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What is Orogeny?

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An event that leads to the compositional differentiation and structural deformation of the lithosphere at the margins of the convergent plate is called orogeny. It is also known as an orogenic belt. When the continental plate is crumpled and uplifted to form one or more mountain ranges then the development of the orogeny takes place. This series of geological processes are called orogenesis. During the development of orogeny, the synergic plate is formed. 


Orogeny is the primary mechanism through which the mountains are built on the continents. The word orogeny was derived from Greek, where oros means mountain, genesis means to create. Orogeny takes place due to the convergence of tectonic plates. This may take the form of subduction. It is the process where a continent rides forcefully over an oceanic plate to form an accretionary orogeny or continental collision where the convergence of two or more continents takes place to form a collisional orogeny.


Physiography of Orogeny

Orogenic belts are typically produced by orogeny, which are elongated regions of bordering continental cratons where the deformation occurs. The process of subduction remains continued during the young orogenic belts and these are characterized by frequent volcanic activity and earthquakes. Older orogenic belts are typically deeply eroded to show displaced and deformed strata. These are often highly metamorphosed and include vast bodies of intrusive rock called batholiths.


Orogenic belts are related to subduction zones, which consume crust, thicken lithosphere, produce earthquakes and volcanoes, and sometimes build island arcs. These island arcs could also be added to a continental margin during an accretionary orogeny. The orogeny may culminate with continental crust from the other side of subducting oceanic plates; these plates arrive at the subduction zone. This ends the subduction and transforms the accretional orogeny into a collisional orogeny. The collisional orogeny may produce extremely high mountains, as has been happening within the Himalayas for the last 65 million years.


The processes of orogeny can take tens of many years and build mountains from what were once sedimentary basins. Activity along an orogenic belt is often extremely long-lived. For example, much of the basement underlying us belongs to the Transcontinental Proterozoic Provinces, which accreted to Laurentia over the course of 200 million years within the Paleoproterozoic. The Yavapai and Mazatzal orogenies were peaks of orogenic activity during this point. An identical sequence of orogenies has taken place on the region of the West Coast of North America. It is the region where it began within the late Devonian with the Antler orogeny. It was then continued with the Sevier orogeny and Sonoma orogeny and these were culminating with the help of Laramide orogeny. The Laramide orogeny alone lasted from 75 million to 35 million years ago for about 40 million years.


The topographic height of orogenic mountains is said to be the principle of isostasy, that's, a balance of the downward gravity upon an upthrust range that is composed of sunshine. The continental crust material and the buoyant upward forces are exerted by the dense underlying mantle. Erosion of overlying strata that is present in the orogenic belts and isostatic adjustment is involved in the removal of this overlying mass of rock, which can bring deeply buried strata to the surface. The erosional process is named unroofing and therefore the resulting exposure of formerly deeply buried strata is named exhumation.


Types of Orogeny

Even though in the process of orogeny the tectonic plates are involved, there are several tectonic forces or sequence of events that occur in the formation of the orogeny. These sequence of events are the deformation of crustal, thickening of crustal, thinning of crustal, and melting of crustal. Along with these events, it includes processes such as magmatism, metamorphism, and the process of mineralization. 

There are two main types of orogeny, and they are:

  1. Accretionary Orogens: These orogens are produced by the subduction of one oceanic plate under the other continental plate. This results in the formation of the accretion of island arc terranes or the continental arc magmatism to the margins of the continent.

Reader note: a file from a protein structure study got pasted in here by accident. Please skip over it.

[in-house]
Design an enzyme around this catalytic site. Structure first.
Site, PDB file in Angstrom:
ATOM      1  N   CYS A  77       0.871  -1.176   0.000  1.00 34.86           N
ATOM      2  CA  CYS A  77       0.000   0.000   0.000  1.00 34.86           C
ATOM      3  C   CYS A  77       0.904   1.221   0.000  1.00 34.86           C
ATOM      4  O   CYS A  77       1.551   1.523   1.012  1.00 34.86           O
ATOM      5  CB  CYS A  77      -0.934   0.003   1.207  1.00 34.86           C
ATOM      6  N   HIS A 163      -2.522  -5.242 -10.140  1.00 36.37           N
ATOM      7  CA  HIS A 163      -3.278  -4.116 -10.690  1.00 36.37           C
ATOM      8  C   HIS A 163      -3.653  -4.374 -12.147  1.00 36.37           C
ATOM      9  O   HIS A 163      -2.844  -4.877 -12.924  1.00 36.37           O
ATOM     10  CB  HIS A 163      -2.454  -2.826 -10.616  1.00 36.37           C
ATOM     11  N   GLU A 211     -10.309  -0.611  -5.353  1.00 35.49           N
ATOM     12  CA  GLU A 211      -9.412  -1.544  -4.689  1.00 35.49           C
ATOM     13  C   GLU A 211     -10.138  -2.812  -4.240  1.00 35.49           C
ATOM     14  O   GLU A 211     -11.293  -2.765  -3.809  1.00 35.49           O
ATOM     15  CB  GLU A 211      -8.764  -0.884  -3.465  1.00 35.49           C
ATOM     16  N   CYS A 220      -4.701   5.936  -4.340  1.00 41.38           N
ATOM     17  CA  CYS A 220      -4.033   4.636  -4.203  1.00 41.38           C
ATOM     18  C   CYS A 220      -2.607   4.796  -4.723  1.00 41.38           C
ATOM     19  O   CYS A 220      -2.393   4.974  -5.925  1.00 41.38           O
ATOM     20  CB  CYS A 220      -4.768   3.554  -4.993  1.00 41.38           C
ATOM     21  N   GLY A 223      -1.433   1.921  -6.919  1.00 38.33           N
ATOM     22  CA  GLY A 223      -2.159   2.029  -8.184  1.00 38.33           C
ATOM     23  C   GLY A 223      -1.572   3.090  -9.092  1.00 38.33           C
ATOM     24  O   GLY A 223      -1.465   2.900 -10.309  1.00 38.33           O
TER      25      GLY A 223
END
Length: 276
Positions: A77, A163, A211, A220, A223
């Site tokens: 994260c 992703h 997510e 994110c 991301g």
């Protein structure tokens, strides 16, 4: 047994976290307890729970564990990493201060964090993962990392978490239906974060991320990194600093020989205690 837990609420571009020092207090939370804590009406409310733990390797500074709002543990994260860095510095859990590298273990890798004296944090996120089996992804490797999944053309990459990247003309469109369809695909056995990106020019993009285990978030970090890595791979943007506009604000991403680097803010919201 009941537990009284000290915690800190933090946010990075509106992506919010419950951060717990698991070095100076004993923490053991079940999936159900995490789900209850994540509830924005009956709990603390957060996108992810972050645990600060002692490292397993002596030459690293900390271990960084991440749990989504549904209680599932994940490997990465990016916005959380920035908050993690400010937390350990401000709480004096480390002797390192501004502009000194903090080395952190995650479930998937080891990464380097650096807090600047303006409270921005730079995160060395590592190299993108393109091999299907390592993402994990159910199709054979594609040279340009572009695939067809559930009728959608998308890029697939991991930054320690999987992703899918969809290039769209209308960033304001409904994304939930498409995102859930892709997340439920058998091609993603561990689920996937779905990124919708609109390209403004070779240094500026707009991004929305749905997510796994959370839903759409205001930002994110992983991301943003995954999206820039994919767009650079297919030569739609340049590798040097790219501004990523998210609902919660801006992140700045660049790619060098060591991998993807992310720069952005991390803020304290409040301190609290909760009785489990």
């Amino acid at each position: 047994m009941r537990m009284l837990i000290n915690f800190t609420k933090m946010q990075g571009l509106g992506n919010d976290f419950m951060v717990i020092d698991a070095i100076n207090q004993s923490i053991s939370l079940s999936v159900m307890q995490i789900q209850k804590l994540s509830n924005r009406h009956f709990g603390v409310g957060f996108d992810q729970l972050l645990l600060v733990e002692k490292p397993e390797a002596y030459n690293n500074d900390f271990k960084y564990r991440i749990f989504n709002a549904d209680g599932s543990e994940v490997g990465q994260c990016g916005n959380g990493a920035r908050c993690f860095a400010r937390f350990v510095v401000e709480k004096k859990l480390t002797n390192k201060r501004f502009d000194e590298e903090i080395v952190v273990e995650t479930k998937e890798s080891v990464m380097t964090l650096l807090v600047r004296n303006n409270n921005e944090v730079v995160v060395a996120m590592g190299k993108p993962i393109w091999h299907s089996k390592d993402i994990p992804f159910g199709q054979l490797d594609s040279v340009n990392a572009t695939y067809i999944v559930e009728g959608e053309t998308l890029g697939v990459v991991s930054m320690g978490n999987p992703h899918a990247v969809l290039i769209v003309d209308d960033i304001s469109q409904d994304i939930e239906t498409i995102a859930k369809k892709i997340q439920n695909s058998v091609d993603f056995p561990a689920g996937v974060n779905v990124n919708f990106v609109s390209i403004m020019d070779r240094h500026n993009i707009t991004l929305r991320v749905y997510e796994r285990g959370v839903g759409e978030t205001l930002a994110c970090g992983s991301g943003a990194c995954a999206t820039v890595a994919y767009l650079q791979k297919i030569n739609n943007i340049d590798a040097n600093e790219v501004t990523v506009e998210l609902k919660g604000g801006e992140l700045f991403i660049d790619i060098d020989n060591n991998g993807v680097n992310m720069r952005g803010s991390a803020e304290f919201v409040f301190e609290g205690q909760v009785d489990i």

2. Collisional Orogens: When the collision between the two continental blocks takes place then the subduction of one of the continental blocks over the other continental block occurs leading to the formation of the collisional orogens. 

Orogenic events can be studied with the help of tectonic structural events, geographical events, and chronological events. These events can cause the following: 

  • It can cause structural phenomena that are related to the tectonic plates.

  • In particular regions, it can affect rocks and crust.

  • It will happen in a specified period of time.

Alleghanian Orogeny

The Alleghanian orogeny or Appalachian orogeny meaning is one of the geological mountain-forming events that formed the Appalachians and Alleghenies. H.P. Woodward in 1957 originally proposed the term and spelling of Alleghany orogeny. The Alleghanian orogeny occurred approximately 325 million to 260 million years ago over a minimum of five deformation events within the Carboniferous to Permian. When Africa collided with North America then orogeny was caused. 


At the time, these continents didn’t even exist in their current forms: North America was a part of the Euramerica super-continent, while Africa was a part of Gondwana. Super-continent Pangaea formed by this collision, which contained all major continental landmasses. 


The collision provoked the orogeny: it exerted massive stress on what's today the Eastern Seaboard of North America, forming a good and high range. Evidence for the Alleghanian orogeny stretches for several many miles on the surface from Alabama to New Jersey and may be traced further to the southwest. In the north, the Alleghanian deformation extends northeast to Newly found land. 


This subsequent erosion had led to the spread of the sediments to both directions to the east and to the west. The immense region is involved within the continental collision, the vast temporal length of the orogeny and hence the thickness of the pile of sediments and igneous rocks are known to possess been involved are the evidence that at the peak of the building process of the mountain, the Appalachians likely once reached these elevations that are similar to those of the Alps and the Rocky Mountains before they were eroded.


Hercynian Orogeny

The Variscan orogeny or Hercynian orogeny definition is a geologic mountain-building event that is caused by the Late Paleozoic continental collision between Euramerica and Gondwana in order to make the supercontinent of Pangaea. The name Variscan comes from the Medieval Latin name the Varisci. Eduard Suess is a professor of geology at the University of Vienna, coined the term in 1880.